- The latest available data pertinent to this claim covers 2020 and 2021. As of this writing, there is no data available for 2022 and 2023.
- The claim that guns were the leading cause of death for U.S. children in 2020 and 2021 is true only if the selected age range is 1-19 years old. This range excludes infants under one year old, who have a unique risk of age-specific causes of death.
- Similarly, capping the age range at 17, instead of 18 or 19, also alters the result, as children aged 17 and under have a greater risk of dying of vehicle-related injuries.
On March 27, 2023, a shooter entered The Covenant School, a private Christian school in Nashville, Tennessee, for preschool to sixth grade, and opened fire, killing six. In the wake of the shooting, former U.S. President Barack Obama tweeted, "We are failing our children. Guns are now the leading cause of death for children in the U.S."
In recent years, a number of our readers have asked us to confirm the veracity of the claim that gun-related incidents are the leading cause of death among children. While Obama's tweet was written in the present tense (claiming that guns "are" the leading cause of death in children), we're unable to discern whether that's true because the most recent available data is from 2021. The language of Obama's tweet also leaves the age range of the in-question demographic up for interpretation.
Considering those factors, we fact-checked whether gun-related incidents were the leading cause of death in recent years, by looking at recent research and mortality data compiled by the Centers for Disease Control and Prevention (CDC).
We found some elements of the assertion true, though some clarifications are needed. Within certain parameters — such as ages 1-18 and 1-19, in the years 2020 and 2021 — gun-related incidents were, in fact, the leading cause of death in children and teens. The most important caveat is that this conclusion derives from data that excludes infants below the age of 1, who are uniquely impacted by other causes of death. Adjusting the parameters in other ways also affects the result.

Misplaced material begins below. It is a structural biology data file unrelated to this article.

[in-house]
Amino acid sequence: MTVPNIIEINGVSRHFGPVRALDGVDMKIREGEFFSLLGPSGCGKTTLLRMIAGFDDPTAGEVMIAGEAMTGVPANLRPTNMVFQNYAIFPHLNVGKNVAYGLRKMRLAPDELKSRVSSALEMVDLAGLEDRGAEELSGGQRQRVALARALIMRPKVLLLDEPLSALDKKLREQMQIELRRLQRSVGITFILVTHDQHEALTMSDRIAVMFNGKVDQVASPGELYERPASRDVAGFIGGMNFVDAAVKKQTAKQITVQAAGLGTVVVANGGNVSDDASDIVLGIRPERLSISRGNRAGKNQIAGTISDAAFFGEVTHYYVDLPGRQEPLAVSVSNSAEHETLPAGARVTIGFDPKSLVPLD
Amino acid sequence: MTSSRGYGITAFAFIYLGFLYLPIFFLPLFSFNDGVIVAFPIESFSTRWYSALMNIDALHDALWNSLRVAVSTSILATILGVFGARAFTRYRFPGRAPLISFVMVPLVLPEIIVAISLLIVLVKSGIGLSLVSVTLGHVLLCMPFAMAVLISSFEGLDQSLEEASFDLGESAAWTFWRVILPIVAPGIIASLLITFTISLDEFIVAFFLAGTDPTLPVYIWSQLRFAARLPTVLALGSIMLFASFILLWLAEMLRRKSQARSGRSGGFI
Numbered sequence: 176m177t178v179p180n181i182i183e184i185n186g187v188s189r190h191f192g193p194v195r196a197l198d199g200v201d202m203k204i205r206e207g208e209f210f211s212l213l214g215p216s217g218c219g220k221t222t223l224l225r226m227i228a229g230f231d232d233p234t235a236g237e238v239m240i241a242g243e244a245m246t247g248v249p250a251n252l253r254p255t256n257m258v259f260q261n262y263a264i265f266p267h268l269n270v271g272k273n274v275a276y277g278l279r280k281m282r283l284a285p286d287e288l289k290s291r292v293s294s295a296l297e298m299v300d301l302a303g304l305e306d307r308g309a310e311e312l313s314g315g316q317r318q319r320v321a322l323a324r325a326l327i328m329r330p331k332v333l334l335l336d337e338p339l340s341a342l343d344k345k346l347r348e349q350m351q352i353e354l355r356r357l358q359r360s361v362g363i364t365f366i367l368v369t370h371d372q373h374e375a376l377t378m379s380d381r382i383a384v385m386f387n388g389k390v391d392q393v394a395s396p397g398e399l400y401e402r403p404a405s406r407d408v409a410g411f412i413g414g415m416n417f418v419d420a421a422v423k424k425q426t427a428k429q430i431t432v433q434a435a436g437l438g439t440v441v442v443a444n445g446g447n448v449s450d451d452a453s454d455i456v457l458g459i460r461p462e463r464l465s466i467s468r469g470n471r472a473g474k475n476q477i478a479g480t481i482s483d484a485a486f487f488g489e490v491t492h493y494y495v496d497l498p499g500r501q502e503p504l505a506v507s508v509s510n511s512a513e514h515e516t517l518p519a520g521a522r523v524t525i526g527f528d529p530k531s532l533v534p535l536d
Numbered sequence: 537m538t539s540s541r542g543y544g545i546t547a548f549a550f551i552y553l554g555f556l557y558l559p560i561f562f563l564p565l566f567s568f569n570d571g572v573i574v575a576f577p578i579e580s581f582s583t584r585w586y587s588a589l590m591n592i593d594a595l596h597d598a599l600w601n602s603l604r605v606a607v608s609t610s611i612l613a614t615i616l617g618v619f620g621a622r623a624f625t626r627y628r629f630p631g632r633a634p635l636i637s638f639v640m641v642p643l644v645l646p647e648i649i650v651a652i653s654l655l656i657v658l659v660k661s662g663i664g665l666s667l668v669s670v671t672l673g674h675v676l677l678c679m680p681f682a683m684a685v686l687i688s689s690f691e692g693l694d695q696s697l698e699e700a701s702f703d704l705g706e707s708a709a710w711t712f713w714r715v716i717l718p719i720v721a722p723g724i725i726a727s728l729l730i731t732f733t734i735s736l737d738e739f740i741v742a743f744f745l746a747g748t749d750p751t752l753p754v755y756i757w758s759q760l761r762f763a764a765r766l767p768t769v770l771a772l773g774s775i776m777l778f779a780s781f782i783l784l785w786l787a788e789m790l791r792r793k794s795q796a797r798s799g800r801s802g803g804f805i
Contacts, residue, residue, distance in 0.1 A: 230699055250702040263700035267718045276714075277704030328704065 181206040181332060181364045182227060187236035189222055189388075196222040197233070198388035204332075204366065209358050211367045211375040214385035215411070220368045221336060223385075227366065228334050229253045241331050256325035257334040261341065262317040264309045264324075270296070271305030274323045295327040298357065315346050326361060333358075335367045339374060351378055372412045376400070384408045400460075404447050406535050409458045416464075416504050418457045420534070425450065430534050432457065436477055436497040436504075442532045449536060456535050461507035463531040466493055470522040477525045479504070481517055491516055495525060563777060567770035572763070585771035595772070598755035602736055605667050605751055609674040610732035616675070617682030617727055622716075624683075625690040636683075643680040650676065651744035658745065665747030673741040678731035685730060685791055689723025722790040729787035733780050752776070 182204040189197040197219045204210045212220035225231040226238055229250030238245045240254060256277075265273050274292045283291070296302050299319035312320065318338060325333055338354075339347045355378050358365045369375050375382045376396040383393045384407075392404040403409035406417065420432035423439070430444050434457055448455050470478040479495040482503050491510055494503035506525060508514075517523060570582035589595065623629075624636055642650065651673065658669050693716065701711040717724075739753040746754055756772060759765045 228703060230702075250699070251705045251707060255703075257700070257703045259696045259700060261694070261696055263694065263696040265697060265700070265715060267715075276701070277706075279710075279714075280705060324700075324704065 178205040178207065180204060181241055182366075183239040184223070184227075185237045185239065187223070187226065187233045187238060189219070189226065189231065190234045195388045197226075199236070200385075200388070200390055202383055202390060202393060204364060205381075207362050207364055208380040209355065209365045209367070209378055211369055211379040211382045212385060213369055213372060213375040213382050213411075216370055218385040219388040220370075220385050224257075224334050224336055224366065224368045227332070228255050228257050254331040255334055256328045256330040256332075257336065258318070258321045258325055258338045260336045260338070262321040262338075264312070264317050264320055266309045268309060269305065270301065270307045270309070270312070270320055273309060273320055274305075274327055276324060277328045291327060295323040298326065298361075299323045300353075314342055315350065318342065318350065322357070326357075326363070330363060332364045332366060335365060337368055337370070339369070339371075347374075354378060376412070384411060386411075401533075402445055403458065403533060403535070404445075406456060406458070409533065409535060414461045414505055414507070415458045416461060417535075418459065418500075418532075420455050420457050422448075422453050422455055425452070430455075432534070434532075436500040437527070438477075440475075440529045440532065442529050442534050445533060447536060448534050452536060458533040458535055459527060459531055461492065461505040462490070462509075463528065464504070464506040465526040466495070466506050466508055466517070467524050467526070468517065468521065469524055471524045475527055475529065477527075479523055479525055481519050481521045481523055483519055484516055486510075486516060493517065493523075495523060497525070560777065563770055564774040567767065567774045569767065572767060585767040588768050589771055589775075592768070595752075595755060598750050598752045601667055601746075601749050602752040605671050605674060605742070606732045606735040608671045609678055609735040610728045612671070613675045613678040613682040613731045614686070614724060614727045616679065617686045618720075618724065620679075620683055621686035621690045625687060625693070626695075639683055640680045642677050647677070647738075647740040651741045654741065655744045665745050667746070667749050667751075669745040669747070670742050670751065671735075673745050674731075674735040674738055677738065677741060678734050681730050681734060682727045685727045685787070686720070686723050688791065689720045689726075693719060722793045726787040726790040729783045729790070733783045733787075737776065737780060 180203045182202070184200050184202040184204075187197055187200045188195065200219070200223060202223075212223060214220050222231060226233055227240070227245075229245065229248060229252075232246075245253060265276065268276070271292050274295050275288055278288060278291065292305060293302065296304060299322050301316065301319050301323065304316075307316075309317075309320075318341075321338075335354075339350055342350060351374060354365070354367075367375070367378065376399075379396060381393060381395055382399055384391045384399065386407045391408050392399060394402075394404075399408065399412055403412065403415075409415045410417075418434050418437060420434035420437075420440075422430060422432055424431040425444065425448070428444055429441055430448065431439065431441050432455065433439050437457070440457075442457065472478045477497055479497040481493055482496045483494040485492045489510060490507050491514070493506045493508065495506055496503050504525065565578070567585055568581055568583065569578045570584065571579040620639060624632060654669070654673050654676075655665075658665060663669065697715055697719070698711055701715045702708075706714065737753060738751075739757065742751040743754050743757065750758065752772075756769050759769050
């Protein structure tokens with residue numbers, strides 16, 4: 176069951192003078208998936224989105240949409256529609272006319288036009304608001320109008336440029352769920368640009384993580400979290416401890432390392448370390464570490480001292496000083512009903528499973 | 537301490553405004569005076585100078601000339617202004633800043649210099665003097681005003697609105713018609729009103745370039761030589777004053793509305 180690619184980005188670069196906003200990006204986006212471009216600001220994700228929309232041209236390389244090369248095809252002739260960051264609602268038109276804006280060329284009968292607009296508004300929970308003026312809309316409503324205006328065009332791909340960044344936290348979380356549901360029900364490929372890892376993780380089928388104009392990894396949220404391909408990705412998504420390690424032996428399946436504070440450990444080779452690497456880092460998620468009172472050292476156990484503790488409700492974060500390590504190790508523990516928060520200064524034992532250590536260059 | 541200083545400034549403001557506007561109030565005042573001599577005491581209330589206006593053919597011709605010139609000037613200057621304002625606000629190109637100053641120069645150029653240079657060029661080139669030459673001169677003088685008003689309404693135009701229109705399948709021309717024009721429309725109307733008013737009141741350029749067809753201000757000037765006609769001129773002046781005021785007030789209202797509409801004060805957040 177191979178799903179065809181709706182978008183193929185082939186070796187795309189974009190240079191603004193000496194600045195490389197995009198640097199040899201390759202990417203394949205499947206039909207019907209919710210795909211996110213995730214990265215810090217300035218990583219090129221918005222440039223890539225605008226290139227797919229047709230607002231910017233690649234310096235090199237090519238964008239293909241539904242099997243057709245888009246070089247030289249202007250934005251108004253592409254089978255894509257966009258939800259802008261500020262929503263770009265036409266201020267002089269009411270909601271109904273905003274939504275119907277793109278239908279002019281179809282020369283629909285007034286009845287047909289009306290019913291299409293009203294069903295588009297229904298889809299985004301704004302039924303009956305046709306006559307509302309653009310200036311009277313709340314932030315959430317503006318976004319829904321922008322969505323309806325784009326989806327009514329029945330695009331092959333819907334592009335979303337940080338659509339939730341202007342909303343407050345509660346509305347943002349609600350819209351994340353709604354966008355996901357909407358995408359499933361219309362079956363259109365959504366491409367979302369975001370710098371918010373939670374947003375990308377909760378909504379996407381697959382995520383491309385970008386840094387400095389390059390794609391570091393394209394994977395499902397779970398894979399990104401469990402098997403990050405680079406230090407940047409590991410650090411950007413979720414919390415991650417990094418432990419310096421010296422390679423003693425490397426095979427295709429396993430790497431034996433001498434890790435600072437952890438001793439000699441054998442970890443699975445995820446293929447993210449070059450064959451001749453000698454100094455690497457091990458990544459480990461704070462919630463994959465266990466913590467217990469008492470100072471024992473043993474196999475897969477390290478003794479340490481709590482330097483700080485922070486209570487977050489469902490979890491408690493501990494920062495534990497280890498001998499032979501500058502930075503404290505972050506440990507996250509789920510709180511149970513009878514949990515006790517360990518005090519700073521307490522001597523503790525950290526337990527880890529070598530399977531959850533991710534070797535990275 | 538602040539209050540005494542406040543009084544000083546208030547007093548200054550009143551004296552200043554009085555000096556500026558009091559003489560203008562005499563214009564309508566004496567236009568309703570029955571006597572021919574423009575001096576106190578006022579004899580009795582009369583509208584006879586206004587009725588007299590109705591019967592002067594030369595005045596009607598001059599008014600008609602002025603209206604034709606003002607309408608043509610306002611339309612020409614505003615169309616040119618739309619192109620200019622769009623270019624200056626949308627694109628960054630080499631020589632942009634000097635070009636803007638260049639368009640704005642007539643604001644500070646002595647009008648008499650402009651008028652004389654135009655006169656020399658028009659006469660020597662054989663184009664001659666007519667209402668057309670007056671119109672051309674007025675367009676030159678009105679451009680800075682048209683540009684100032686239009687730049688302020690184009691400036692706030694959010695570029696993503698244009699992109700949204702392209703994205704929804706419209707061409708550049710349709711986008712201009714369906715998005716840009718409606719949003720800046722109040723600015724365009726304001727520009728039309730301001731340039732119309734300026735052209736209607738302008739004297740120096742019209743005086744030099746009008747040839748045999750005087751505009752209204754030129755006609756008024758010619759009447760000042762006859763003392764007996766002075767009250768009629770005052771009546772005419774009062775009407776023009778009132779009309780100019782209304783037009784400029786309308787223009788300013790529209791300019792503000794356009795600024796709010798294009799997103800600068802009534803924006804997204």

An analysis from the Kaiser Family Foundation, a research nonprofit, that relied on 2020 data compiled by the CDC found that firearms were the No. 1 cause of death for children and teens in the U.S. Those deaths included accidents, suicides, and homicides. The analysis found that in 2020 alone, gun-related violence killed 4,357 children (ages 1-19 years old) in the U.S. By comparison, motor-vehicle deaths accounted for 4,112 deaths in that age range.
However, the result is different if one removes 18- and 19-year-olds from the equation and only relies on data for 1- to 17-year olds from 2020. Nearly 2,400 children ages 1-17 died of vehicle-related injuries in 2020, compared with 2,270 firearm deaths, NBC News analysis of the CDC data showed.
We should also note that, in 2020, the leading causes of death among infants (children less than 1 year old) were birth defects or preterm-birth issues, according to the CDC. Johns Hopkins researchers did not include infants in their analysis of CDC's 2020 data because "infants (under age 1) are at a unique risk for age-specific causes of death, including perinatal period deaths and congenital anomalies. In 2020, 11 infants were killed by firearms."